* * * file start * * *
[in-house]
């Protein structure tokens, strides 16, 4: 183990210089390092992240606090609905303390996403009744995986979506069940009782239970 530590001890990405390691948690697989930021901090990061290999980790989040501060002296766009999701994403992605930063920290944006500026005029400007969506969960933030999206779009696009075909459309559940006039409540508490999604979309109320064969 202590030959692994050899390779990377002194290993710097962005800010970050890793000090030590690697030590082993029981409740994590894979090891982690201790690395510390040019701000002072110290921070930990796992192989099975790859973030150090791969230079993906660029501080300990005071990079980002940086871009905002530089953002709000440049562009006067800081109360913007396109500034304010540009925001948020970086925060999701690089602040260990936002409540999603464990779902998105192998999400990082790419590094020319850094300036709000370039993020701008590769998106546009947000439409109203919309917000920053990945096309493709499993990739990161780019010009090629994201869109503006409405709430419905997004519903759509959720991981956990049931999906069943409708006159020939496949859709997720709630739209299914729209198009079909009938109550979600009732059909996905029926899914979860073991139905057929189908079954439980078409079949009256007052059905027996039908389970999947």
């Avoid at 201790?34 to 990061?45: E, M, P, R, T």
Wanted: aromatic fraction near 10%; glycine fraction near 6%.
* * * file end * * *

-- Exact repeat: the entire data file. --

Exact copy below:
[in-house]
């Protein structure tokens, strides 16, 4: 183990210089390092992240606090609905303390996403009744995986979506069940009782239970 530590001890990405390691948690697989930021901090990061290999980790989040501060002296766009999701994403992605930063920290944006500026005029400007969506969960933030999206779009696009075909459309559940006039409540508490999604979309109320064969 202590030959692994050899390779990377002194290993710097962005800010970050890793000090030590690697030590082993029981409740994590894979090891982690201790690395510390040019701000002072110290921070930990796992192989099975790859973030150090791969230079993906660029501080300990005071990079980002940086871009905002530089953002709000440049562009006067800081109360913007396109500034304010540009925001948020970086925060999701690089602040260990936002409540999603464990779902998105192998999400990082790419590094020319850094300036709000370039993020701008590769998106546009947000439409109203919309917000920053990945096309493709499993990739990161780019010009090629994201869109503006409405709430419905997004519903759509959720991981956990049931999906069943409708006159020939496949859709997720709630739209299914729209198009079909009938109550979600009732059909996905029926899914979860073991139905057929189908079954439980078409079949009256007052059905027996039908389970999947």
């Avoid at 201790?34 to 990061?45: E, M, P, R, T």
Wanted: aromatic fraction near 10%; glycine fraction near 6%.